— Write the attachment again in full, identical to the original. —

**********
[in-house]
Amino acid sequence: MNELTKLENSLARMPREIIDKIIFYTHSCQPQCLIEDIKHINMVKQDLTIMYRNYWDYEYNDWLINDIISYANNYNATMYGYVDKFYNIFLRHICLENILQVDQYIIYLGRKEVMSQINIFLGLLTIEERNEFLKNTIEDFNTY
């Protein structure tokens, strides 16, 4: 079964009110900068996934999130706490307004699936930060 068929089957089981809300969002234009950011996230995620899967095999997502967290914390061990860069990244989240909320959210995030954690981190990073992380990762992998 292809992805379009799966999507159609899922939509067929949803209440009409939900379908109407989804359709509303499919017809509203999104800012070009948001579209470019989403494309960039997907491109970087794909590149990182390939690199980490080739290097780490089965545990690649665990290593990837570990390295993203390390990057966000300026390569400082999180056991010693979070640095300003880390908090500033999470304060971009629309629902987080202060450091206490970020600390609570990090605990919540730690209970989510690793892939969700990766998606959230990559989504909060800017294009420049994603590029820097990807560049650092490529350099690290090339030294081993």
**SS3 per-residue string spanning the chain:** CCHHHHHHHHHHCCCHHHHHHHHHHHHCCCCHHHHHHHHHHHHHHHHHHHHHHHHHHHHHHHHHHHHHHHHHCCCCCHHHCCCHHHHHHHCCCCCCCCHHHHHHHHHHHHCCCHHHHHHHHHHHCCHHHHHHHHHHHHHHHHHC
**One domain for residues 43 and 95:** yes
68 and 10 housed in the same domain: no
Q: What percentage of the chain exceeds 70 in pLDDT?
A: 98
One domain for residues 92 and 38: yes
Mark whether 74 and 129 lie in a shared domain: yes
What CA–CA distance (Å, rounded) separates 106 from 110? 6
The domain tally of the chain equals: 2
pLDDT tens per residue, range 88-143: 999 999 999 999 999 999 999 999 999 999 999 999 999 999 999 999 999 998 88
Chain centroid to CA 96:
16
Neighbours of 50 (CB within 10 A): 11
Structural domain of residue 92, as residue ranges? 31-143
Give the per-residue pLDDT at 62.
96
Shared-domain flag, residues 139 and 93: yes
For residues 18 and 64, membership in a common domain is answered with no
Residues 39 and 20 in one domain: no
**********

[in-house]
Amino acid sequence: MNELTKLENSLARMPREIIDKIIFYTHSCQPQCLIEDIKHINMVKQDLTIMYRNYWDYEYNDWLINDIISYANNYNATMYGYVDKFYNIFLRHICLENILQVDQYIIYLGRKEVMSQINIFLGLLTIEERNEFLKNTIEDFNTY
């Protein structure tokens, strides 16, 4: 079964009110900068996934999130706490307004699936930060 068929089957089981809300969002234009950011996230995620899967095999997502967290914390061990860069990244989240909320959210995030954690981190990073992380990762992998 292809992805379009799966999507159609899922939509067929949803209440009409939900379908109407989804359709509303499919017809509203999104800012070009948001579209470019989403494309960039997907491109970087794909590149990182390939690199980490080739290097780490089965545990690649665990290593990837570990390295993203390390990057966000300026390569400082999180056991010693979070640095300003880390908090500033999470304060971009629309629902987080202060450091206490970020600390609570990090605990919540730690209970989510690793892939969700990766998606959230990559989504909060800017294009420049994603590029820097990807560049650092490529350099690290090339030294081993």
**SS3 per-residue string spanning the chain:** CCHHHHHHHHHHCCCHHHHHHHHHHHHCCCCHHHHHHHHHHHHHHHHHHHHHHHHHHHHHHHHHHHHHHHHHCCCCCHHHCCCHHHHHHHCCCCCCCCHHHHHHHHHHHHCCCHHHHHHHHHHHCCHHHHHHHHHHHHHHHHHC
**One domain for residues 43 and 95:** yes
68 and 10 housed in the same domain: no
Q: What percentage of the chain exceeds 70 in pLDDT?
A: 98
One domain for residues 92 and 38: yes
Mark whether 74 and 129 lie in a shared domain: yes
What CA–CA distance (Å, rounded) separates 106 from 110? 6
The domain tally of the chain equals: 2
pLDDT tens per residue, range 88-143: 999 999 999 999 999 999 999 999 999 999 999 999 999 999 999 999 999 998 88
Chain centroid to CA 96:
16
Neighbours of 50 (CB within 10 A): 11
Structural domain of residue 92, as residue ranges? 31-143
Give the per-residue pLDDT at 62.
96
Shared-domain flag, residues 139 and 93: yes
For residues 18 and 64, membership in a common domain is answered with no
Residues 39 and 20 in one domain: no